Port congestion eases in Asia, but U.S. situation expected to worsen

Port congestion eases in Asia, but U.S. situation expected to worsen - report

Port congestion eases in Asia, but U.S. situation expected to worsen - report

Asia’s largest ports are showing signs that congestion is easing ahead of the holiday season, a potentially positive step for key trade gateways in the U.S. that are still battling an influx of imports, Bloomberg reports.

Total traffic in Shanghai-Ningbo declined by 0.2% from the previous week and Hong Kong-Shenzhen’s ship count dropped 10.4%, according to an analysis of data by Bloomberg News. Singapore, Asia’s third-largest trade hub, saw a week-on-week drop of 14.7% as a backlog visible since early November looked to be largely cleared.

The same can’t be said yet across the Pacific, as queues of vessels remained elevated in Los Angeles and Long Beach, California. Congestion levels at those neighboring ports rose 6.7% from the prior week.

As of early Friday, at least 75 container ships were waiting for berth space to offload after politicians toured the ports two days ago, touting a 32% drop in the number of containers sitting on the docks for more than nine days.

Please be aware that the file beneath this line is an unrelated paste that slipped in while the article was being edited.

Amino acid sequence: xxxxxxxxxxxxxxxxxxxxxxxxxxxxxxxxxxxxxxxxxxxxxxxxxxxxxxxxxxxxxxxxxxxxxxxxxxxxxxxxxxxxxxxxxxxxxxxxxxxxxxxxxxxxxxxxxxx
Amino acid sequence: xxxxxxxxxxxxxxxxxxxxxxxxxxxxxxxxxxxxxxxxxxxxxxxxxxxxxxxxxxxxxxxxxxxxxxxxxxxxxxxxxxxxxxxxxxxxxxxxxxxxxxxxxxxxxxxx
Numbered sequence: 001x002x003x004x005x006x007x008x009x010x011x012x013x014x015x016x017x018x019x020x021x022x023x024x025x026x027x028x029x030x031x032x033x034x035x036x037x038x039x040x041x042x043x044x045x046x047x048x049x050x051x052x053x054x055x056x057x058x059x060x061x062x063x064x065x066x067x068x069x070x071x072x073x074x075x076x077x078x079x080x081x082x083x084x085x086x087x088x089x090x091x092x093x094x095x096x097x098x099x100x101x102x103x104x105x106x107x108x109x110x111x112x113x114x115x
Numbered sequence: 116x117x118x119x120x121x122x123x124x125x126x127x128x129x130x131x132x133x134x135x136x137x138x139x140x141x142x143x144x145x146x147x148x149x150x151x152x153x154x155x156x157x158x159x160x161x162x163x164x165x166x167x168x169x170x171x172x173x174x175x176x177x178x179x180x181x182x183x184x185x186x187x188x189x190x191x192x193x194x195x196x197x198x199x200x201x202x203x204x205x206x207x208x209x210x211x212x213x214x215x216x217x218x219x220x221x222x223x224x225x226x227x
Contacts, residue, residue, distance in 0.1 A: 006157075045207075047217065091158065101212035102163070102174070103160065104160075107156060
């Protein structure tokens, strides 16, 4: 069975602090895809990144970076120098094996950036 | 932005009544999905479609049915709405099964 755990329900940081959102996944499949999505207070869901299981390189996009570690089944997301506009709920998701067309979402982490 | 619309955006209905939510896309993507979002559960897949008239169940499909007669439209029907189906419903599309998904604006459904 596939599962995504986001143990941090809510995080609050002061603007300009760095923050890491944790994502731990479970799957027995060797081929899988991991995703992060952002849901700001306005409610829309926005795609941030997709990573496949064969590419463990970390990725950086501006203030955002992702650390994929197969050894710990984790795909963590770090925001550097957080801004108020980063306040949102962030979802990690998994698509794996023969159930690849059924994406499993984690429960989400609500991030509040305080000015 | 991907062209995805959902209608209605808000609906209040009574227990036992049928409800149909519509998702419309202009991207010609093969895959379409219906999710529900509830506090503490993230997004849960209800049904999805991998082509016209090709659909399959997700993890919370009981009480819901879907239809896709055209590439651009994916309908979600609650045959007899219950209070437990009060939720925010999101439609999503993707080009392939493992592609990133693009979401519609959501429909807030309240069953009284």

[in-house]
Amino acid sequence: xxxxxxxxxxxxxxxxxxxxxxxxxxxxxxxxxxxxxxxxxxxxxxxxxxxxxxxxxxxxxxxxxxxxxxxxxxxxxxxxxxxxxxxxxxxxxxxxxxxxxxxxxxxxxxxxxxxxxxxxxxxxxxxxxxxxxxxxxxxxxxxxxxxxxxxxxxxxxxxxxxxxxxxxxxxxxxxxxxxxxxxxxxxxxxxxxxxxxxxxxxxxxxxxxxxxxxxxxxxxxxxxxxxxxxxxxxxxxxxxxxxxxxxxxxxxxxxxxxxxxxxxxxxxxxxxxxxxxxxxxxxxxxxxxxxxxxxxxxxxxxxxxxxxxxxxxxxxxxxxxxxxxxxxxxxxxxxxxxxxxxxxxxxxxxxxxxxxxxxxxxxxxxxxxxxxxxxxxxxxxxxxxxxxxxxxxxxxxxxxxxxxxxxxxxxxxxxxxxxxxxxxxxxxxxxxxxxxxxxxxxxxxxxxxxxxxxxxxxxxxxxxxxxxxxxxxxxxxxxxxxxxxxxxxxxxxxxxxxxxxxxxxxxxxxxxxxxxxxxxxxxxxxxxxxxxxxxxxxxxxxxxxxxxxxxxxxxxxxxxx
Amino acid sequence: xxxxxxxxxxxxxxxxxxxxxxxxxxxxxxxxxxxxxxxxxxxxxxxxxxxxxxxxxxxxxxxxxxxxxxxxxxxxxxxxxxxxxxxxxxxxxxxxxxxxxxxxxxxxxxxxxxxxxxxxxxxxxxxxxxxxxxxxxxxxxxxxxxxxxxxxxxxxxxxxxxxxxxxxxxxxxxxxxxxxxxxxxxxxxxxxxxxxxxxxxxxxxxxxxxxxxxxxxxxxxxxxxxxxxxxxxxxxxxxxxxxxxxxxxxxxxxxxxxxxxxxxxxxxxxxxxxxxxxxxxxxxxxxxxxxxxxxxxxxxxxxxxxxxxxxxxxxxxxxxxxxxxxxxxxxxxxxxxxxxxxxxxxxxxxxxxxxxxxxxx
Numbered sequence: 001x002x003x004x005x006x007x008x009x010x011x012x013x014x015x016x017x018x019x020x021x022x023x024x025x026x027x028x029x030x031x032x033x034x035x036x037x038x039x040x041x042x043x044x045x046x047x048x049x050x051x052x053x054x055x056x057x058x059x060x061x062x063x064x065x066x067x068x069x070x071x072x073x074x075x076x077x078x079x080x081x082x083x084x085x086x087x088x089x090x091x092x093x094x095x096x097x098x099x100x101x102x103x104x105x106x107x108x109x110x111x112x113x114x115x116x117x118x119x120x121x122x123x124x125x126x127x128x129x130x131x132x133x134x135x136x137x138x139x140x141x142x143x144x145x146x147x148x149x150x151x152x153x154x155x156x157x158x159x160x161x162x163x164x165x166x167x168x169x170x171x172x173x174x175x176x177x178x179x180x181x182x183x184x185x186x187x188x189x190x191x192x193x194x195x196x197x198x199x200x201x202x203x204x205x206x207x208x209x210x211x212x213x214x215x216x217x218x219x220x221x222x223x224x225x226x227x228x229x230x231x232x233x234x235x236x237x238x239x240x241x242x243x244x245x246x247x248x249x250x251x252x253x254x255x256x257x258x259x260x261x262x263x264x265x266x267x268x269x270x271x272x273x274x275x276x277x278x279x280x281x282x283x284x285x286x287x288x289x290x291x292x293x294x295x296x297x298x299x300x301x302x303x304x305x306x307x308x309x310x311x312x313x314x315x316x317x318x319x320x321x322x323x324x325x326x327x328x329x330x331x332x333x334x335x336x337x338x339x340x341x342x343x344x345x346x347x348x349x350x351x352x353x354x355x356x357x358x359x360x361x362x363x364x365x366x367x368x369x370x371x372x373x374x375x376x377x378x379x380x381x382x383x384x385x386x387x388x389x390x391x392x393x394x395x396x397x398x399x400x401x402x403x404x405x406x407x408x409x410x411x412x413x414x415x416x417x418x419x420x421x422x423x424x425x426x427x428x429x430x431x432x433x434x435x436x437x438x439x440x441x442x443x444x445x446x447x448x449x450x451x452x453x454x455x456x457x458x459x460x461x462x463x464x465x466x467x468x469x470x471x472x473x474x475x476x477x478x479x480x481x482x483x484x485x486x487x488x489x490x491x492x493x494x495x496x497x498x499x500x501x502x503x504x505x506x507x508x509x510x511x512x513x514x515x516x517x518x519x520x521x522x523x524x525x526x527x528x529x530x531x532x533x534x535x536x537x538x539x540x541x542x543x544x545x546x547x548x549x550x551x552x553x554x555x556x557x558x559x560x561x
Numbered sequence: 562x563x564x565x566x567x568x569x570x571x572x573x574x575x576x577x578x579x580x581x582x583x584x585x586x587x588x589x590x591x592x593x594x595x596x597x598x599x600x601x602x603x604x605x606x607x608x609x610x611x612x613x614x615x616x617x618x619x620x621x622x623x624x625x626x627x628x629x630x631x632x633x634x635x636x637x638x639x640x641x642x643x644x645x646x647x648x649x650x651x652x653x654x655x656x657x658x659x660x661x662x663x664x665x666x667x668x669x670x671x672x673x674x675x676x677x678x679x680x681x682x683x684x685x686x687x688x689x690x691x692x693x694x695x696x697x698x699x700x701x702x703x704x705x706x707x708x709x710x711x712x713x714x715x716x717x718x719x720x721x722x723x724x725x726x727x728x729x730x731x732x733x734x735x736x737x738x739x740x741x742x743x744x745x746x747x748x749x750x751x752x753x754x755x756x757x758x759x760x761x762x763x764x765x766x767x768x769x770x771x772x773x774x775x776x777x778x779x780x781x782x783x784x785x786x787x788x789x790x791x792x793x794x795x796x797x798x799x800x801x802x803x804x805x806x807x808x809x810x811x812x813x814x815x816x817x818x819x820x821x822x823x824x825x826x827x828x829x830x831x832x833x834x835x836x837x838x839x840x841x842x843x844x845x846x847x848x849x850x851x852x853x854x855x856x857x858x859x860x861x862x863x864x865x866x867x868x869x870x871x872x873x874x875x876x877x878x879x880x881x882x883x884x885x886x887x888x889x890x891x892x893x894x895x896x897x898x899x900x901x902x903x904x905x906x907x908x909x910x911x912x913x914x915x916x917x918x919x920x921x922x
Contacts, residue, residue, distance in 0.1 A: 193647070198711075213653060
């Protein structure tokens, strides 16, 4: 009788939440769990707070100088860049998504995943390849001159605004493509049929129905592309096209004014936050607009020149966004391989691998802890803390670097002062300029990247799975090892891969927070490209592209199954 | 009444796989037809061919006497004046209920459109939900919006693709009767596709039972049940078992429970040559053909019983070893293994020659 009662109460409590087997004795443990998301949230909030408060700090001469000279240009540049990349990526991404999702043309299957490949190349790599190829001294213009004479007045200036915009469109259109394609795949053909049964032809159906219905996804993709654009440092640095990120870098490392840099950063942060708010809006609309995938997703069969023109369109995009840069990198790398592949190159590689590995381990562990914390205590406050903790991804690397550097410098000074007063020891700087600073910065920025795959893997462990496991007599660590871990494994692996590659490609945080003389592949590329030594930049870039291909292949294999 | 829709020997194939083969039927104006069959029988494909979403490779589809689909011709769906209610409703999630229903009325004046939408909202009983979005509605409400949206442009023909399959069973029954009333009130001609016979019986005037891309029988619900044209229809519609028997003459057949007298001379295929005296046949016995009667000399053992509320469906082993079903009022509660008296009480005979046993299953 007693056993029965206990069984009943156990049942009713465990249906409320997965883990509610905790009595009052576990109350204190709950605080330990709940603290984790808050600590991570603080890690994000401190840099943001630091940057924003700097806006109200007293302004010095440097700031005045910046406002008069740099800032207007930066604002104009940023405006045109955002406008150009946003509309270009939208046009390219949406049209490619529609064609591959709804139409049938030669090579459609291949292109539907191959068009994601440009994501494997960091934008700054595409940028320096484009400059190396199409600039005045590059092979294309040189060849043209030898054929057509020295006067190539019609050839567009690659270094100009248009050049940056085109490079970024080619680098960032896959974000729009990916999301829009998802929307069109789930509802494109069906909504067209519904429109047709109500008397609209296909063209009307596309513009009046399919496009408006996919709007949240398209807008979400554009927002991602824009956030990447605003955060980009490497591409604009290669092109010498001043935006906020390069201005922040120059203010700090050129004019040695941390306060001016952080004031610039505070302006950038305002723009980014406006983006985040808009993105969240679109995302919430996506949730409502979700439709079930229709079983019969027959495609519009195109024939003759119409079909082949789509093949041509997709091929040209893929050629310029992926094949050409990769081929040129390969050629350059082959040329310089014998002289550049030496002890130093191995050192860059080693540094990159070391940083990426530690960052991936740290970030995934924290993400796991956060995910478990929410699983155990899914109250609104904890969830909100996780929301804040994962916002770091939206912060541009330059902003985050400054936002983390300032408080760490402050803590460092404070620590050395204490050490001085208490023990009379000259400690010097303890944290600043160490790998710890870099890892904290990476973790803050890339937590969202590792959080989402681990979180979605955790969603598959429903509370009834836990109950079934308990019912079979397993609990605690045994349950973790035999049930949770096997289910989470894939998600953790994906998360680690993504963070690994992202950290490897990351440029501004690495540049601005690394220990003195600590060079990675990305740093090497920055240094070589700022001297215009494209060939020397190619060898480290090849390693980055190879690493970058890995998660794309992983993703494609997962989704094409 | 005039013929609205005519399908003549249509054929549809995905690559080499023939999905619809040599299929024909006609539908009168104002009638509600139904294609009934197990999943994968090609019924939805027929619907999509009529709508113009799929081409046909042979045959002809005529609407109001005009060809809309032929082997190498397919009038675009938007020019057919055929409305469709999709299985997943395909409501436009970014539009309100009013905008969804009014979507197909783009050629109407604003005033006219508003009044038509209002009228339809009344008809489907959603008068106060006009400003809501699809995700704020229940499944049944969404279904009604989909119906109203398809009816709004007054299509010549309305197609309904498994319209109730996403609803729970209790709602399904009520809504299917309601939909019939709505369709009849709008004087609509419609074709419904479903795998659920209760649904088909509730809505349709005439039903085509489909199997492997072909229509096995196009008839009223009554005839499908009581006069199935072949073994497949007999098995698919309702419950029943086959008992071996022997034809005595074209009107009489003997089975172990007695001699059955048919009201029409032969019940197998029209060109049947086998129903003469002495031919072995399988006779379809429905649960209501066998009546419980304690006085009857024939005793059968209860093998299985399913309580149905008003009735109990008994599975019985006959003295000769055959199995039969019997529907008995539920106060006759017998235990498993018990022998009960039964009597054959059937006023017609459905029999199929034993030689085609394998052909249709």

The handoff between land and sea remains an issue for America’s largest container hub, as logistics operators on the ground are not picking up their containers quickly enough, and a steady stream of ships arrives to drop off more.

The White House said in a blog post on Wednesday that the number of containers sitting at the Los Angeles and Long Beach ports for more than nine days fell to 87,000 in the week ended Nov. 15, compared with 127,000 on Nov. 1.

Still, analysts were reluctant to call the worst of the global supply snarls over. 

“The odds remain stacked towards a worsening before it gets better,” Lars Jensen, CEO of Vespucci Maritime in Copenhagen, said in an email on Friday. 

In late September, Maersk released a logistics update saying it expected port congestion to persist until at least the end of the year.

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